When I resigned my job as a general manager, the hardest part was leaving a great team of people who exceeded their goals and worked well together. But it was not always that way. When I took on the role, I quickly learned that the managers who reported to me were far from a cohesive group. I had many conversations with managers who would come into my office, close the door, and tell me all the issues they had with their peers. During our team meetings, I felt more like a referee than a leader. It was not fun.

After a particularly difficult team meeting where back-biting and steamrolling was at a maximum, I resolved to fix the situation. It took many months and plenty of mistakes and tries on my part to begin to make a dent in the frosty relationships within my team, but these four tips helped me to break through and eliminate the in-fighting:

  • Reduce bilateral conversations – As I mentioned, I would often have my team members come into my office, close the door, and start railing on their peers. I had to put a stop to that. If someone approached me to complain about one of their colleagues, I would say, “Hold on. Let’s get them to join us in this discussion.” My managers quickly learned that transparency was the priority for me and they thought twice before trying to throw their peers under the bus.
  • Eliminate conflicting goals – Many of the performance goals established in the group worked to create competition among the division’s team. The goals we worked toward pitted one unit against the others and it essentially rewarded fractious relationships. Developing new goals that called for working together and provided reward for division-level performance helped to eliminate conflicts.
  • Focus on team-building – A powerful model of high-performing teams is GRPI, a framework developed by Richard Beckhard which identifies goals, roles, processes and interpersonal skills as key to strong team performance. Interpersonal skills are, in fact, at the foundation of the model, and time spent on relationship-building among team members can reduce conflict. I made it my priority to provide opportunities for us to come together as a team, to learn about each other, to appreciate what each of us brought to the table. And it worked.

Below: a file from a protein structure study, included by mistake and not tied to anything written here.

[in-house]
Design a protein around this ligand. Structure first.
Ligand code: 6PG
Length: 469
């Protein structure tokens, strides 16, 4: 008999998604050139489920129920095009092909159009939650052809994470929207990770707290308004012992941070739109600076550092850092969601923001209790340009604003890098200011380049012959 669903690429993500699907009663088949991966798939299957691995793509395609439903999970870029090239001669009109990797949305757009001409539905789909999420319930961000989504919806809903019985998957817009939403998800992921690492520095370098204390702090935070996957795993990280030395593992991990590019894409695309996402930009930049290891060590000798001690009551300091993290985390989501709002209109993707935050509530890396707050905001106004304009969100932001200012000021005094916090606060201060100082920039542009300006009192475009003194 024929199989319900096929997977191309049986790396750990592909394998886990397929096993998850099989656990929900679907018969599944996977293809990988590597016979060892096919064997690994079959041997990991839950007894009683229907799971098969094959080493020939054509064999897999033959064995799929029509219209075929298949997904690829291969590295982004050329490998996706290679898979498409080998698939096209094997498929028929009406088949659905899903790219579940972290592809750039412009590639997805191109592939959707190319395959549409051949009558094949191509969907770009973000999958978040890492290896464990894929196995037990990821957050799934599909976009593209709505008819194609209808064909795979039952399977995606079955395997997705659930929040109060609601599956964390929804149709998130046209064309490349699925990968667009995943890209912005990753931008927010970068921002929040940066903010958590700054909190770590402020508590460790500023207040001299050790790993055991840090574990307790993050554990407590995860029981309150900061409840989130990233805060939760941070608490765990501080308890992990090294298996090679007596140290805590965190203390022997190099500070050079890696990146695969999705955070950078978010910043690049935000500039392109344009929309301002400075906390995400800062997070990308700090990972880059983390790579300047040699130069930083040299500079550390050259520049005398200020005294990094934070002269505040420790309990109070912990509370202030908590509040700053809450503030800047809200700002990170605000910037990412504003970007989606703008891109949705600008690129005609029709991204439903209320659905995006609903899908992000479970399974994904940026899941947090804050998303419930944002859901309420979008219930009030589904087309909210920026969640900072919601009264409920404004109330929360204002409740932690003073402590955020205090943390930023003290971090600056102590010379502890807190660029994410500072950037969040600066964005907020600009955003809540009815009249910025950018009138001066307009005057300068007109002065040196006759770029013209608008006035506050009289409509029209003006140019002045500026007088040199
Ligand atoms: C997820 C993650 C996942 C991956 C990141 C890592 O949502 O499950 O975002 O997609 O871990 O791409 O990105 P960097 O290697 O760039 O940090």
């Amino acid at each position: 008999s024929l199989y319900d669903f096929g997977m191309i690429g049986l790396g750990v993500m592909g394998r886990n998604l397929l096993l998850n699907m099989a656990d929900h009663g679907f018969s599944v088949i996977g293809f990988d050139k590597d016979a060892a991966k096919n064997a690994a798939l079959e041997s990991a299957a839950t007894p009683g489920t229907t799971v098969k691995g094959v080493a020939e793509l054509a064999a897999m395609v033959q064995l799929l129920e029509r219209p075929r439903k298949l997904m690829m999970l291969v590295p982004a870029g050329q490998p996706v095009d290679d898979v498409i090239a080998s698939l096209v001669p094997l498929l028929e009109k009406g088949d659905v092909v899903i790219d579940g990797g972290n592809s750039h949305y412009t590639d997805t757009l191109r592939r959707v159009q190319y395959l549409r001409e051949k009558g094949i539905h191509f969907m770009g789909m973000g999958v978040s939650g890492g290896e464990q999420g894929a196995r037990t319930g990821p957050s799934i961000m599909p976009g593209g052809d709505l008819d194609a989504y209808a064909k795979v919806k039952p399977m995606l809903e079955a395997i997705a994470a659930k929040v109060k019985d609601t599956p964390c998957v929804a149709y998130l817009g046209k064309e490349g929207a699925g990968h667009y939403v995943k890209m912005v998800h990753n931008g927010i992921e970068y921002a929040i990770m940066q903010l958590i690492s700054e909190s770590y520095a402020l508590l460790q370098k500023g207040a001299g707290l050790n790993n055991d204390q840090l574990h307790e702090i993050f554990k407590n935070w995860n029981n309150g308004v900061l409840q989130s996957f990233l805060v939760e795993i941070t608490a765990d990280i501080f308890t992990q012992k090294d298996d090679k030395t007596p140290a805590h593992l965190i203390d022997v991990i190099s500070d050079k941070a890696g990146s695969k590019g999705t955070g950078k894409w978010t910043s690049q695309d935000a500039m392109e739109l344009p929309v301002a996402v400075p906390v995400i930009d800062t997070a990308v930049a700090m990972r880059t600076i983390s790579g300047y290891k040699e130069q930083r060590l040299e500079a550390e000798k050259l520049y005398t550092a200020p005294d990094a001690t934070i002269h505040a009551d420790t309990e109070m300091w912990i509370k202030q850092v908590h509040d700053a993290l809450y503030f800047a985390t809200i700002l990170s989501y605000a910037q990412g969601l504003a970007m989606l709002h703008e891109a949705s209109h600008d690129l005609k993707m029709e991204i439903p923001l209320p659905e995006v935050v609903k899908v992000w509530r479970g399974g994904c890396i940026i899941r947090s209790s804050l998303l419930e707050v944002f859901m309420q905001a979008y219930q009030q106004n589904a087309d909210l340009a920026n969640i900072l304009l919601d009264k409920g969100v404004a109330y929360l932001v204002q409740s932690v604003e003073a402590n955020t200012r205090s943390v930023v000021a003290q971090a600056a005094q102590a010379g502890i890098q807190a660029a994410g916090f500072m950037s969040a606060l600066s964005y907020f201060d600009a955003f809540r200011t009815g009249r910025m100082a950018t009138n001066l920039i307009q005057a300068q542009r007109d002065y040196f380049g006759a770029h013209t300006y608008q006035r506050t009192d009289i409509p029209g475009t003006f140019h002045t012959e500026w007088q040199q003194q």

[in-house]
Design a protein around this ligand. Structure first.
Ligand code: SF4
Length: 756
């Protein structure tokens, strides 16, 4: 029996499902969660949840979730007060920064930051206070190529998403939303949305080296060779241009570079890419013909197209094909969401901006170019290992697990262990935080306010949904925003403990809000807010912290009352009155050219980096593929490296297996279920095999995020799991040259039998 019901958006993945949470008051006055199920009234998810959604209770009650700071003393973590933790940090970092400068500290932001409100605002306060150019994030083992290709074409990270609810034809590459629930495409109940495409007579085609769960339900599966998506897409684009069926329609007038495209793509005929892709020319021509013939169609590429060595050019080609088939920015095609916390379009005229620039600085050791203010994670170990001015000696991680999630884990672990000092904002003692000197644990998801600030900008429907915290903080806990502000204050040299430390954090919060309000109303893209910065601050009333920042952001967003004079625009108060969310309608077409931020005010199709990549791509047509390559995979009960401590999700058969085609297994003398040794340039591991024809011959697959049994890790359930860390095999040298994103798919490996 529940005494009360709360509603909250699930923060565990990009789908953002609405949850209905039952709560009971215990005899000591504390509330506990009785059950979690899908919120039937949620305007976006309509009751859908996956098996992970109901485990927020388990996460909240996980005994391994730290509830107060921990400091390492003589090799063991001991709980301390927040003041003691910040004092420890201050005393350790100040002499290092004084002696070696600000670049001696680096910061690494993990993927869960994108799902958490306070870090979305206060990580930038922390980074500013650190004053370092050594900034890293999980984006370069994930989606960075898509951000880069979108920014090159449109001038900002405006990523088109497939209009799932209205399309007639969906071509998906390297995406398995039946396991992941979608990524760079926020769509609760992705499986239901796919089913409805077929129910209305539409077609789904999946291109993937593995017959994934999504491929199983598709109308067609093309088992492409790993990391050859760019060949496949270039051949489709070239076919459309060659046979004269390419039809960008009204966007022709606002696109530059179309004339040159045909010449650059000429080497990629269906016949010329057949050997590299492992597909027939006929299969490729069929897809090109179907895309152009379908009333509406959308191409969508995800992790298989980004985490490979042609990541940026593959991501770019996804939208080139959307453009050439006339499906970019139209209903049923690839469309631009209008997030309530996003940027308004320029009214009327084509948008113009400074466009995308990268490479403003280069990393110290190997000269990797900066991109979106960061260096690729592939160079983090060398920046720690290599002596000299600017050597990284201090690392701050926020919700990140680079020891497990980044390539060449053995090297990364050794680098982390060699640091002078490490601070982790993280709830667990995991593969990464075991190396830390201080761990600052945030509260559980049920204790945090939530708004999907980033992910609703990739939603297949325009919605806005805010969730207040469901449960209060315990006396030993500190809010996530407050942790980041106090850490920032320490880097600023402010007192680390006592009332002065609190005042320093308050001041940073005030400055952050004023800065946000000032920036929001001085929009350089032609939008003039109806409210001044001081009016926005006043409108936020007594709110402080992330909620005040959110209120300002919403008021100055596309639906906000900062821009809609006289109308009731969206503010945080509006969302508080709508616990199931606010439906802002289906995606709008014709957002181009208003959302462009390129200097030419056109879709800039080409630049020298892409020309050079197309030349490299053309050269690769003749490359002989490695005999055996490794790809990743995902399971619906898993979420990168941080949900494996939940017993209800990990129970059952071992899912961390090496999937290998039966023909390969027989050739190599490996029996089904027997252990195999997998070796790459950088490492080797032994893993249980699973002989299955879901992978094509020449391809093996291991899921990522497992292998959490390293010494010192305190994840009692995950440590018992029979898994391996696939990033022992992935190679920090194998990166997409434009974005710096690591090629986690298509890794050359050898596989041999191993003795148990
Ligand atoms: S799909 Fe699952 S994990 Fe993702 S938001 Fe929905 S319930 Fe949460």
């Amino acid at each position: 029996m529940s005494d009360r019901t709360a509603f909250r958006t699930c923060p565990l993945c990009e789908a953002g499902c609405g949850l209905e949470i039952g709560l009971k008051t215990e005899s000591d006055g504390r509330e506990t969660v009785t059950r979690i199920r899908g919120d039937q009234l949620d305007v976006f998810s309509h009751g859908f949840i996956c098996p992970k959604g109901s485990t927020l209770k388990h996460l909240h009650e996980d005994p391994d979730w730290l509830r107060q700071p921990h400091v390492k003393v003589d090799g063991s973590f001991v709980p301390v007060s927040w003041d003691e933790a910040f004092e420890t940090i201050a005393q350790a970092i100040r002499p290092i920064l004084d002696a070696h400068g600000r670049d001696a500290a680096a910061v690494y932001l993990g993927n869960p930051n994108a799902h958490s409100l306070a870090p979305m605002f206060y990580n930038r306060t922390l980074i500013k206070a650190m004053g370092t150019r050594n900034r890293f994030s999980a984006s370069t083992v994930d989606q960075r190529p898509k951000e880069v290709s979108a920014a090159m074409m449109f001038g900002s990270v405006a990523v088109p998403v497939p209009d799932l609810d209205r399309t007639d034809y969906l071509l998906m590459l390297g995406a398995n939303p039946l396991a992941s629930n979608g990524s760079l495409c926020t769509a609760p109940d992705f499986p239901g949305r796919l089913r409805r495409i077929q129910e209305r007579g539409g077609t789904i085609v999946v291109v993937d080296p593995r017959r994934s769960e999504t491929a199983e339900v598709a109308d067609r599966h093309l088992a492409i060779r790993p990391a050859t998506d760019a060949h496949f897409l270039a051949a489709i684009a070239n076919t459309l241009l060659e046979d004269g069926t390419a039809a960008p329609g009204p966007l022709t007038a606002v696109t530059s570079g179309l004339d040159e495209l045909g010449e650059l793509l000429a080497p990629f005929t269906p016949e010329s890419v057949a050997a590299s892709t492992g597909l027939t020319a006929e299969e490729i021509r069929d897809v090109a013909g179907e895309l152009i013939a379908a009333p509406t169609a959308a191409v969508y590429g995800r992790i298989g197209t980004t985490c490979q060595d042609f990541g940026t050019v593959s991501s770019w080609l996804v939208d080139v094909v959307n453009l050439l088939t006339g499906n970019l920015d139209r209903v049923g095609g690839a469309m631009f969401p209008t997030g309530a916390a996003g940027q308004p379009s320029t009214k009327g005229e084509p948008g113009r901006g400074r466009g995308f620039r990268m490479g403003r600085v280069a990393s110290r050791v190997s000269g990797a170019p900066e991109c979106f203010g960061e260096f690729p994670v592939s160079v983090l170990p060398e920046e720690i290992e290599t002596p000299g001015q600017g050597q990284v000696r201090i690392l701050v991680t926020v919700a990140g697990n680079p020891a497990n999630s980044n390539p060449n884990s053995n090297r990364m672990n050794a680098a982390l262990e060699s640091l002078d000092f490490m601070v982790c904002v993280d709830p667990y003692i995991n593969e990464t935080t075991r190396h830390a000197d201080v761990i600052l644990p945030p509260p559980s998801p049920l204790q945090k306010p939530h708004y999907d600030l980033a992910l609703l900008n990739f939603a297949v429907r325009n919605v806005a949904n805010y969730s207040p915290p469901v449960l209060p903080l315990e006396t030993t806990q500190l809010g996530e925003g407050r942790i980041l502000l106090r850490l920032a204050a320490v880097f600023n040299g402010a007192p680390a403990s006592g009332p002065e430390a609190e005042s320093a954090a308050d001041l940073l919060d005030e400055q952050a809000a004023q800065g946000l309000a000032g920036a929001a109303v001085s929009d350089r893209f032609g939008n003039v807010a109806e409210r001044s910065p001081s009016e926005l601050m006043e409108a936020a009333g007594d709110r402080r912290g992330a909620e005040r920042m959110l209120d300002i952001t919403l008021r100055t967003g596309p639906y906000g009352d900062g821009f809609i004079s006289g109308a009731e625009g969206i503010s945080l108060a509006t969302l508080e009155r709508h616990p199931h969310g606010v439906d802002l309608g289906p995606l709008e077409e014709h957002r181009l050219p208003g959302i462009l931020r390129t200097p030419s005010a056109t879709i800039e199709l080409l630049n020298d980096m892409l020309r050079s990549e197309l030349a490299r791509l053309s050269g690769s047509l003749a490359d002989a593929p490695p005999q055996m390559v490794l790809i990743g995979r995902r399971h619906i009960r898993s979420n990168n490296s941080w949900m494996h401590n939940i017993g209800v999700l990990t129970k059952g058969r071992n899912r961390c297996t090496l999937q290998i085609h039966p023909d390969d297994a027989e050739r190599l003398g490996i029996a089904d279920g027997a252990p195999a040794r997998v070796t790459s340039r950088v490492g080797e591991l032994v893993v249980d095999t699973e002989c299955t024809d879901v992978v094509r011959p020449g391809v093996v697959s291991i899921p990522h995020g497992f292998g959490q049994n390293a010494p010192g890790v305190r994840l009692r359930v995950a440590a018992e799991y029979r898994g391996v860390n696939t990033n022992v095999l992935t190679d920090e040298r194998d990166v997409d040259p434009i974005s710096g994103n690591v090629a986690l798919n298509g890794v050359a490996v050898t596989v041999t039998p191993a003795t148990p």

• Incentivize collaboration – After shutting down the back-stabbing, creating aligned goals, and spending time working on us as a team, I looked for opportunities to encourage my team to collaborate and come together. One way I did that was setting up a budget to allow team members to recognize others in the division who helped them in some way. It was a highlight of our monthly meetings to hear the most recent acknowledgments shared among our teams. It was exciting to see the joy on the faces of those called out for their extra effort, willingness to share resources, and dedication to a job well done.

It was not easy. At times we would make headway and then something would happen to spark new in-fighting. In the end, the manager team began working well together and, lo and behold, their respective teams began working well together. My guess is that their teams also began to treat customers in a way that was even more positive and supportive.

How have you addressed in-fighting on your team?
Click here to comment.

If you enjoyed this post, you can read more like it in our book, The Power of Thoughtful Leadership: 101 Minutes To Being the Leader You Want To Be, available on Amazon.

For help in addressing tension and conflict on your team, contact Robyn at rmcleod@chatsworthconsulting.com.

Click here to receive The Thoughtful Leaders™ Blog posts via e-mail and receive a copy of “Ending Leadership Frenzy: 5 Steps to Becoming a More Thoughtful and Effective Leader.”

Photo Credit: TINTIN75/Bigstock.com

New York: 212.537.6897 | Pennsylvania: 610.254.0244